who had taken it from the Greeks, who took it from the Turks. Kristin Scott Thomas is gorgeous and terrific as always in the role of Marie-Therese von Debretsy, the daughter of a Romanian attaché, raised in England, and recently married to Petre Dumitriu, a Romanian officer who once rescued her from being raped by Romanian troops. The young couple are stationed at a remote military outpost, where the Romanian army is assigned to ward off Bulgarian or Macedonian rebels who want to regain the region.
Marie-Therese tries to maintain a cheerful family life for her three small children while witnessing the horrific details of political turmoil and military careerism carried out in her own backyard. One night a group of bandits attack, kill, and mutilate eight Romanian soldiers. In response the Romanians round up ten Bulgarian peasants (one of them a Turk mistakenly identified as Bulgarian) and detain them in the yard of the officer's home, where they are ordered to work the small kitchen garden while awaiting their fate. The men's wives huddle in a nearby field, fearful for their husbands but powerless to intervene.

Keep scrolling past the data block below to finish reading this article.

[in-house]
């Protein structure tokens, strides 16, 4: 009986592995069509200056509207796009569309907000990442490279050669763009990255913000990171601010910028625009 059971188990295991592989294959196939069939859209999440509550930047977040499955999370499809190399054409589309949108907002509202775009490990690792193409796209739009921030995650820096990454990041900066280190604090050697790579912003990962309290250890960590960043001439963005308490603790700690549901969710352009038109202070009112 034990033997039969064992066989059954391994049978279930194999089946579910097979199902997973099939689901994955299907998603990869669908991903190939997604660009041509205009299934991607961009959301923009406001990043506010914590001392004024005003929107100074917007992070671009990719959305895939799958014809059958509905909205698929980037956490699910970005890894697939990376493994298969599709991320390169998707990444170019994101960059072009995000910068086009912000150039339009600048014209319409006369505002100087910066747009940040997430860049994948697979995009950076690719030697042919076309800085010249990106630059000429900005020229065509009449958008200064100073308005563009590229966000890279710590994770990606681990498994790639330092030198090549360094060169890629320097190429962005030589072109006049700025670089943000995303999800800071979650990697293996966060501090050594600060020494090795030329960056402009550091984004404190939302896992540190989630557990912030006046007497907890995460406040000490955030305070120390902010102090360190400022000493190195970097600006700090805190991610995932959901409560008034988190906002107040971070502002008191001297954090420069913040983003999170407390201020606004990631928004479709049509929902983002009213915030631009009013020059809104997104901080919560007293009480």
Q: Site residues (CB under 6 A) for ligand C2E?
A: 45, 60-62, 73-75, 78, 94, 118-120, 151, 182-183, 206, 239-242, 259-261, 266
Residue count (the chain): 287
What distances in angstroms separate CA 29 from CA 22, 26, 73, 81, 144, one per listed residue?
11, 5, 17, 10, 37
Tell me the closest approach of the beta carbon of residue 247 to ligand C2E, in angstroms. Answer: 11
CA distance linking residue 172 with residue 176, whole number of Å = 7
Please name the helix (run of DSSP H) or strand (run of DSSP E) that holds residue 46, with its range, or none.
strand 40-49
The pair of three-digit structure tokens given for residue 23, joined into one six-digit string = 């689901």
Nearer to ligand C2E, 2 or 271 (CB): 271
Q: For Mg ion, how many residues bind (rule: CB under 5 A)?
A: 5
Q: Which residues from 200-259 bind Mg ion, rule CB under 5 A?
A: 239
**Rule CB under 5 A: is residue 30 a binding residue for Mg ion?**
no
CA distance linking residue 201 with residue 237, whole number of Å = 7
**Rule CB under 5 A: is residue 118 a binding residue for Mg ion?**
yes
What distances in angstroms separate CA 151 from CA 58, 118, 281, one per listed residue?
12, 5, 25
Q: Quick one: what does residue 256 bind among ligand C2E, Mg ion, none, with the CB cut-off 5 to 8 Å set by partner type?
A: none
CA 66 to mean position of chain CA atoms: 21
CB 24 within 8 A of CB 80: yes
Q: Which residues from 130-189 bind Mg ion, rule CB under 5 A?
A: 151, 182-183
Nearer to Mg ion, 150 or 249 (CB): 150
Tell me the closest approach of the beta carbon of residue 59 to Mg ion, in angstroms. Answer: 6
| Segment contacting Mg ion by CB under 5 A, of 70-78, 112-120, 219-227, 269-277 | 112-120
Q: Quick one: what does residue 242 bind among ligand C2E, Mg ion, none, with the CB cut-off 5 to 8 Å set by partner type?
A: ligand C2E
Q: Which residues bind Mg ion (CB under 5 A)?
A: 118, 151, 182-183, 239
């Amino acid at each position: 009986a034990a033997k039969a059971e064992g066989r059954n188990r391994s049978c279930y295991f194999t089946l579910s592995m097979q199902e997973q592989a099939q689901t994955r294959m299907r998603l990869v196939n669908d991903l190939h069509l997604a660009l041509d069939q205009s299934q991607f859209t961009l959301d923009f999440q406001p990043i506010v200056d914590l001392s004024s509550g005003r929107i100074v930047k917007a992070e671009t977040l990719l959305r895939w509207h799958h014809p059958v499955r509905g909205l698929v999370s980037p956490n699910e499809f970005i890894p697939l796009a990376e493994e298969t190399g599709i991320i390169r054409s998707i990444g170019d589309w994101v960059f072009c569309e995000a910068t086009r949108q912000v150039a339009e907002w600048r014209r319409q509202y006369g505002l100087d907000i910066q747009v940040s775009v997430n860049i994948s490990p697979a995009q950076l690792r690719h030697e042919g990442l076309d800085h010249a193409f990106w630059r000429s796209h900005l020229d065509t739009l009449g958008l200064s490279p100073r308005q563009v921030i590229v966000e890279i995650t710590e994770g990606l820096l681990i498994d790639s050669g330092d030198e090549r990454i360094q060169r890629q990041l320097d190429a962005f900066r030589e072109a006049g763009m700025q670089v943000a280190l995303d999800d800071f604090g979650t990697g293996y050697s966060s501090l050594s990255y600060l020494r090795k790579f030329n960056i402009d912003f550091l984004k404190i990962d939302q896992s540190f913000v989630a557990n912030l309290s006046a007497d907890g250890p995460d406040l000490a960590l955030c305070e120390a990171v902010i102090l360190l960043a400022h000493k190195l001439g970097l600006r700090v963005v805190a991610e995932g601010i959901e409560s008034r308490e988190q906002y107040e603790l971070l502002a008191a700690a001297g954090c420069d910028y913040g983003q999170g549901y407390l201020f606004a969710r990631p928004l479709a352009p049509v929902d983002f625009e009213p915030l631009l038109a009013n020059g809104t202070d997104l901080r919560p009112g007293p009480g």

Marie-Therese's husband has been ordered by his superiors off the record to shoot the detained men. The Bulgarians claim the bandits were Macedonians, that they themselves had nothing to do with the massacre. Meanwhile, Marie-Therese's children play with the men in the garden. She serves them wine, pays them for their work, and congratulates them on the fruits of their labor the sumptuous salads that grace her dinner table every night.